The present invention will become more fully understood from the detailed description given hereinbelow together with the accompanying drawings which are given by way of illustration only, and thus are not limitative of the present invention and wherein:
FIG. 1 shows a plan view of an input keyboard according to the present invention, inclusive of an inflection selection keyboard;
FIG. 2 shows a circuit diagram of an inflection control circuit employed in connection with the input keyboard of FIG. 1;
FIG. 3 shows schematically parts of the contents of an inflection memory contained within the inflection enabling circuit of FIG. 2, representing information with respect to the inflection of an adjective;
FIG. 4 shows a circuit diagram of an inflection enabling circuit contained within the inflection control circuit of FIG. 2;
FIG. 5 shows schematically parts of the contents of a register contained within the inflection control circuit of FIG. 2;
FIG. 6 shows a plan view of another preferred embodiment of the input keyboard according to the present invention; and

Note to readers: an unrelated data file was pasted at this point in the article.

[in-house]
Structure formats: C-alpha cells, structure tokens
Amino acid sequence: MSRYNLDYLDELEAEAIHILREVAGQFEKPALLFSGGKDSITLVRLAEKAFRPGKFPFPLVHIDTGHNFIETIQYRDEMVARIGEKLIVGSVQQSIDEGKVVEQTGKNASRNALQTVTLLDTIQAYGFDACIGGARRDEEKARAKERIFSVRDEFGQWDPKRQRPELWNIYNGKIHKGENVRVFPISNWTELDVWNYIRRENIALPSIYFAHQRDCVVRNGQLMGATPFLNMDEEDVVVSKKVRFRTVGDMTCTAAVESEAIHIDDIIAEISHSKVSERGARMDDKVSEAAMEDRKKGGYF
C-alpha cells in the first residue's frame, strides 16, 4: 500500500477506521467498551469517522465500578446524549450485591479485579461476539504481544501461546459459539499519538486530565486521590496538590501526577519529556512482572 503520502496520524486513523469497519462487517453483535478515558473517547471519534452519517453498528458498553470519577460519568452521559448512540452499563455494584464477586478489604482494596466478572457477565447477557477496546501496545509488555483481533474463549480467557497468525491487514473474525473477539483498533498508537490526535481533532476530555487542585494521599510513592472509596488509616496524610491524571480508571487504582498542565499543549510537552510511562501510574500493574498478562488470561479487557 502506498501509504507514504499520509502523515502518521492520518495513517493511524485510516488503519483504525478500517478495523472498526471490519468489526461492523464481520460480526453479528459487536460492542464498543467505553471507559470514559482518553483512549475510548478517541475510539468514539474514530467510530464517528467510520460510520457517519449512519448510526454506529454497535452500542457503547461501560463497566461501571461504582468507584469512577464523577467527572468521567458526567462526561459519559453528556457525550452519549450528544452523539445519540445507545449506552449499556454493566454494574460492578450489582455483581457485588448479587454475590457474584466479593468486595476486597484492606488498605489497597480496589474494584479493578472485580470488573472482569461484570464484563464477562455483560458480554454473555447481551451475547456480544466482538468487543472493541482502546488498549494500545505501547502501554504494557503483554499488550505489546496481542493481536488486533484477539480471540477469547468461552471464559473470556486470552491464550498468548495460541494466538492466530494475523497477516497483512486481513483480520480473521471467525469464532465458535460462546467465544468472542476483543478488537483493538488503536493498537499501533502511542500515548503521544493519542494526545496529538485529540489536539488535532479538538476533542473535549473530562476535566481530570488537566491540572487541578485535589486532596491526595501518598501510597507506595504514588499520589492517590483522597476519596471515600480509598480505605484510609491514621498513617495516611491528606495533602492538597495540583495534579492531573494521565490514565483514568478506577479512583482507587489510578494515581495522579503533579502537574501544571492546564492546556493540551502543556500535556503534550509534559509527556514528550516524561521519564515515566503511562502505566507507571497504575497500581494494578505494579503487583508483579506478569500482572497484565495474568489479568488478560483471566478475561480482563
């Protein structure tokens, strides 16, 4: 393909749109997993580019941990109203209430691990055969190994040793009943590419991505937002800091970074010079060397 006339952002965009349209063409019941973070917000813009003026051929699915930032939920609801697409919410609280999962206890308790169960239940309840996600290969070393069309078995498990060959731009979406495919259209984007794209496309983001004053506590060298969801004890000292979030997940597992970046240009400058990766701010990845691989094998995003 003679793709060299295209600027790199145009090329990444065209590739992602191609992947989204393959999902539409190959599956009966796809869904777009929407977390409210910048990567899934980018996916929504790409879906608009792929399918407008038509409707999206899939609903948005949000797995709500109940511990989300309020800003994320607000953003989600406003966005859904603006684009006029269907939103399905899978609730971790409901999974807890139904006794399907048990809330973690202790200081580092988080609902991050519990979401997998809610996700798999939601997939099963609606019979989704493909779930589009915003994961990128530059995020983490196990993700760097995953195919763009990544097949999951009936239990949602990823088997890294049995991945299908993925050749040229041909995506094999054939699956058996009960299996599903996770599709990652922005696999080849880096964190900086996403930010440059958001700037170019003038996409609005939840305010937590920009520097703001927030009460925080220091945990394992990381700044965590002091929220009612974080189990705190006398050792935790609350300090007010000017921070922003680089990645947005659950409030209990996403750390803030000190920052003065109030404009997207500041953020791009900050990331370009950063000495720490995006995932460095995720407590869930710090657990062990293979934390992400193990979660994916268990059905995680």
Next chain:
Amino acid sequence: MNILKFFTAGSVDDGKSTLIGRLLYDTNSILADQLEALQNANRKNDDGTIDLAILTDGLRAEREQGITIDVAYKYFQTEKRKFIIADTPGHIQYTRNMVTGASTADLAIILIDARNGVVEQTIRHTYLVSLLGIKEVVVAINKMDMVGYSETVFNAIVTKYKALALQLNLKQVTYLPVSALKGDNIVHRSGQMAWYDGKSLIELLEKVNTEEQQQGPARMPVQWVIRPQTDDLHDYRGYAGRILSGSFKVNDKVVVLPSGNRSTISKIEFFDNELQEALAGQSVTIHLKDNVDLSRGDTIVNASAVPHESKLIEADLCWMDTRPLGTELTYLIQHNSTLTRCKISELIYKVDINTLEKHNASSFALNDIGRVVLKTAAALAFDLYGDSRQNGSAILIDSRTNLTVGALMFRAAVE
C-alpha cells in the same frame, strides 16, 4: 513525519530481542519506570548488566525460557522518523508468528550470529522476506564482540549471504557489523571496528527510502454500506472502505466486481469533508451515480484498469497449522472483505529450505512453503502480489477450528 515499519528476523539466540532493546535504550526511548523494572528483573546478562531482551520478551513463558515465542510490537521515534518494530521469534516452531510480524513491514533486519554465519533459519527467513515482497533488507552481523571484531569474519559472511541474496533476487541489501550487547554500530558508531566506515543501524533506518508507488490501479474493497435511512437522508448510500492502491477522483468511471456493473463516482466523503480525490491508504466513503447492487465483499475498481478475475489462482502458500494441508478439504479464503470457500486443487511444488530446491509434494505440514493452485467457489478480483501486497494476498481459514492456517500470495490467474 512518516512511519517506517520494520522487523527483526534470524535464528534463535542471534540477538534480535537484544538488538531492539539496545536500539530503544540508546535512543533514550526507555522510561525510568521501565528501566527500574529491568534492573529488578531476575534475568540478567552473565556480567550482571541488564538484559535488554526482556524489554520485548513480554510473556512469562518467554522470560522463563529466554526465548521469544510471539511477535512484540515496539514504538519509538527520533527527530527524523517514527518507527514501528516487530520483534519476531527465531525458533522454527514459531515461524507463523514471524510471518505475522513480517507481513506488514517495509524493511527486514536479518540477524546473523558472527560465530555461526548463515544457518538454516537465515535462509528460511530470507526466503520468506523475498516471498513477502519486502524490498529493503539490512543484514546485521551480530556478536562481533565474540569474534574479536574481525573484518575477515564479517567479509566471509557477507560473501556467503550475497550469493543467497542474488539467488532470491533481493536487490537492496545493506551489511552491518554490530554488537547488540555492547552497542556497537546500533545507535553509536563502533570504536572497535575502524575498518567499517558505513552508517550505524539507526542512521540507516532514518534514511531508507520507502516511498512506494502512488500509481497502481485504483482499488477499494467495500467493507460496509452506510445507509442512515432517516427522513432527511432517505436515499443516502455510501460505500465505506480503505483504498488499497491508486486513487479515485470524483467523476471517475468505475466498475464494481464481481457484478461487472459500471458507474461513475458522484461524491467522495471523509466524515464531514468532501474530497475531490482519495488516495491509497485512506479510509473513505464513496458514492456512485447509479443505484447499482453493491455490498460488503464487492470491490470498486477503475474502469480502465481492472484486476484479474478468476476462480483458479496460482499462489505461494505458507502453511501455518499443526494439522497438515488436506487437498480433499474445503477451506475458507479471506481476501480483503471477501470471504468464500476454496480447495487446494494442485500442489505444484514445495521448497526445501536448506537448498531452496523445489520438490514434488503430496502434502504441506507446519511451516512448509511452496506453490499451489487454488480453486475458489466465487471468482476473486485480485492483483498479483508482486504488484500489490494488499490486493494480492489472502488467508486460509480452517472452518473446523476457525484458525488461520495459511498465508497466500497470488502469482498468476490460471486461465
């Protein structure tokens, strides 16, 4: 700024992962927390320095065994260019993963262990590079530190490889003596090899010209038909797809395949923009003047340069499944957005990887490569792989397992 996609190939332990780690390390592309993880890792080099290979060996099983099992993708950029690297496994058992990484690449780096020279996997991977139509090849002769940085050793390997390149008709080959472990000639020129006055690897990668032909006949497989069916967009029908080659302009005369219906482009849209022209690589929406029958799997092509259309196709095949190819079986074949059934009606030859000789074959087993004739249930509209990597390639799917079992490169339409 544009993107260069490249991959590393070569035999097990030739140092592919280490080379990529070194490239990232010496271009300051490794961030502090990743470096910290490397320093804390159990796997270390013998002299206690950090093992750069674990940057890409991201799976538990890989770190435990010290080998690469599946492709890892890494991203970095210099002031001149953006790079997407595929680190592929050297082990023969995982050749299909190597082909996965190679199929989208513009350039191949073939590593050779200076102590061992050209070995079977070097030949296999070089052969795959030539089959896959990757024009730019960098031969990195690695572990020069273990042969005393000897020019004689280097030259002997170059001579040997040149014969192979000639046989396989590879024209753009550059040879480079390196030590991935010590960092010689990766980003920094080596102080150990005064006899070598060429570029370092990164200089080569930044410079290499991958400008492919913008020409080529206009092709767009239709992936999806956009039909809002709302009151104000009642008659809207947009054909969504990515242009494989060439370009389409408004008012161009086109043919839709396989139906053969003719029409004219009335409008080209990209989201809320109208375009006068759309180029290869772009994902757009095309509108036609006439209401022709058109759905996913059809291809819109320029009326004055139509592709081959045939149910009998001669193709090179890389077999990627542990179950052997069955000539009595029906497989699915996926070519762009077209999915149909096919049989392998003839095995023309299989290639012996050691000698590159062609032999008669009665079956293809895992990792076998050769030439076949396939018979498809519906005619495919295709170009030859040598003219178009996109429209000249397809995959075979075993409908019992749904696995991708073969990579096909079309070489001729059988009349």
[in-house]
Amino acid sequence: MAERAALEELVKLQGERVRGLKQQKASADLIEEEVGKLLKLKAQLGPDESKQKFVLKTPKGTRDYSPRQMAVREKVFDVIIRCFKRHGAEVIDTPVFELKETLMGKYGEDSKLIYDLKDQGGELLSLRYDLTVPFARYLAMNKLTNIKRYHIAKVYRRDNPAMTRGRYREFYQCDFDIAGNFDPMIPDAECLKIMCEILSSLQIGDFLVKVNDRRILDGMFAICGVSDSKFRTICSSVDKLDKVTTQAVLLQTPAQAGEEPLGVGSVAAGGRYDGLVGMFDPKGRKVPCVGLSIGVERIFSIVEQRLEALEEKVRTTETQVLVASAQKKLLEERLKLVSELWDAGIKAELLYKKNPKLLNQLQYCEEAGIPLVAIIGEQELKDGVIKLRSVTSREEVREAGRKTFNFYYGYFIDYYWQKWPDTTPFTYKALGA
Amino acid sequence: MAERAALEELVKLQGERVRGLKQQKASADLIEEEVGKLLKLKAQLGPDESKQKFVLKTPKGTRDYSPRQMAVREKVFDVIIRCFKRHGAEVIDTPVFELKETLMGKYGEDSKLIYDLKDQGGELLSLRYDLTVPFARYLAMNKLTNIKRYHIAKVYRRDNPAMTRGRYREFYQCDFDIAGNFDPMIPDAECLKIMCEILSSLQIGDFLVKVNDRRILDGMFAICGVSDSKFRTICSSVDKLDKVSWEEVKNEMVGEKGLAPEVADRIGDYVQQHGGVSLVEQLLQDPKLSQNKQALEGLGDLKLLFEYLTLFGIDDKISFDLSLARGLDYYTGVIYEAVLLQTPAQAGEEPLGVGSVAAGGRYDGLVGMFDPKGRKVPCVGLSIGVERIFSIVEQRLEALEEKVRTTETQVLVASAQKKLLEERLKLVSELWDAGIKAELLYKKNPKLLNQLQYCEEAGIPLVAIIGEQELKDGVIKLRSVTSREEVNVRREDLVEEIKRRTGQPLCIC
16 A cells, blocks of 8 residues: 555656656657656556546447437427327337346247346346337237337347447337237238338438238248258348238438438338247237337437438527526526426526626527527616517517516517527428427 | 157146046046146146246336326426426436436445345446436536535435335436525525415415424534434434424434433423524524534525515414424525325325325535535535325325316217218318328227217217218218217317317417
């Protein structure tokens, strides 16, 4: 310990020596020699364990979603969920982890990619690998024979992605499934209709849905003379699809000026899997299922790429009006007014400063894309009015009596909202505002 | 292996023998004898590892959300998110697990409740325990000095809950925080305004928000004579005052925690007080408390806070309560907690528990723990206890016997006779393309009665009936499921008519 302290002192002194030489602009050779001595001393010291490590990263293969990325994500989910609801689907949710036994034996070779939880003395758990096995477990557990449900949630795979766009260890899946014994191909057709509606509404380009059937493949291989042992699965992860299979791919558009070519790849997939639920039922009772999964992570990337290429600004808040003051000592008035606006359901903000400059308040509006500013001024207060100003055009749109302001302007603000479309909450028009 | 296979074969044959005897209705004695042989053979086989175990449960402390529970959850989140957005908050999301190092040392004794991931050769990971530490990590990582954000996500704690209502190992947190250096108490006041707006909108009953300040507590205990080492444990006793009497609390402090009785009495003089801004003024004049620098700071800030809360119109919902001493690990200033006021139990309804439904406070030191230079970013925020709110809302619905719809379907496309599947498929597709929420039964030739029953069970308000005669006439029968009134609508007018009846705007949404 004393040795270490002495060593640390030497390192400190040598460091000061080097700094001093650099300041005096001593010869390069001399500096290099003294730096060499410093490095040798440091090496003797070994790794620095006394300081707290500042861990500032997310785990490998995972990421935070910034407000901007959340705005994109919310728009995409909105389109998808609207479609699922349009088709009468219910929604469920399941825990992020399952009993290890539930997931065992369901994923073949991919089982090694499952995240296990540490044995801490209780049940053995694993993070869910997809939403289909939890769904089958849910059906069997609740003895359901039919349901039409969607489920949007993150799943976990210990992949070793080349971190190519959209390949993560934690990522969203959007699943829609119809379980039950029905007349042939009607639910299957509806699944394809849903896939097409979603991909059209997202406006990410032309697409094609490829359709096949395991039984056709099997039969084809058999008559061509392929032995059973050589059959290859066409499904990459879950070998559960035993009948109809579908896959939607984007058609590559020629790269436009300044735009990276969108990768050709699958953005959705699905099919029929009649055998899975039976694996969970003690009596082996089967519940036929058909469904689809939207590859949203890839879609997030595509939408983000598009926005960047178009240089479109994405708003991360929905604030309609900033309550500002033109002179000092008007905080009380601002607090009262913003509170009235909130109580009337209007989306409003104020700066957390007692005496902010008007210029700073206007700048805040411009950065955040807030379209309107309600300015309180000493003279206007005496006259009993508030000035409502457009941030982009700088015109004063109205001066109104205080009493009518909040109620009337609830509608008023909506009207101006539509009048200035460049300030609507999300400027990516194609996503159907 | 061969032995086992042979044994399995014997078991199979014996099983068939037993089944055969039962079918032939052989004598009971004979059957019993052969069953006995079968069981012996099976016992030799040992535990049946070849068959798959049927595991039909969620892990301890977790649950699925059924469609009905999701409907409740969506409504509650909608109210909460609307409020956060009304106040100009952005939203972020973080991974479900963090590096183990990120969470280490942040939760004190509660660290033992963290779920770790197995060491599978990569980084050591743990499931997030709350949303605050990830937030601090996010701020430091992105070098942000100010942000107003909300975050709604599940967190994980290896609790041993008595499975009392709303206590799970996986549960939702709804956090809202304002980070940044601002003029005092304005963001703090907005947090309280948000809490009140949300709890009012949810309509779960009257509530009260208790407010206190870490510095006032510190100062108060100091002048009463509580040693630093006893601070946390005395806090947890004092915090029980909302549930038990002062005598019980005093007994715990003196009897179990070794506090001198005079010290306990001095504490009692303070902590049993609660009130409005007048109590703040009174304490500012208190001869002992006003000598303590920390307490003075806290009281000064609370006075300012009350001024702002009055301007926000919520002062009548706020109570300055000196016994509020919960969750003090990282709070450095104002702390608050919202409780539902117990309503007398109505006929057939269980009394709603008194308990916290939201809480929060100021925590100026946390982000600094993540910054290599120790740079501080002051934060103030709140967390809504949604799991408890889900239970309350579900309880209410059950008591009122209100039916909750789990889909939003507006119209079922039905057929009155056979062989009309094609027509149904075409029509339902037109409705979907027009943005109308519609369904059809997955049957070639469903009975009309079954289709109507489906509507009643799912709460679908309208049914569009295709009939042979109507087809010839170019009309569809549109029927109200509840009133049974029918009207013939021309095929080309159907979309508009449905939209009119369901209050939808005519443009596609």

FIG. 7 shows a circuit diagram of the principal parts of another type of inflection control circuit particularly adapted for use with respect to the input keyboard of FIG. 6.
First of all, any language can be applied to an electronic translator of the present invention. An input "source" word is spelled in a specific language to obtain an equivalent word, or a translated word, spelled in a different language corresponding thereto. The language can be freely selected. According to an example of the present invention that will be discussed hereinbelow, it is assumed that the "source" language is German and the translated language is English.
Referring now to FIG. 1, there is illustrated a plan view of an input keyboard of the present invention, inclusive of an inflection selection keyboard. The input keyboard of FIG. 1 comprises a German alphabetical word keyboard 1 containing a plurality of key switches corresponding to all characters in the German alphabet and umlaut. The inflection selection keyboard 2 containing a plurality of inflection selection key switches, 11-14, 21-25, 31-36, 41-43 and 51-58.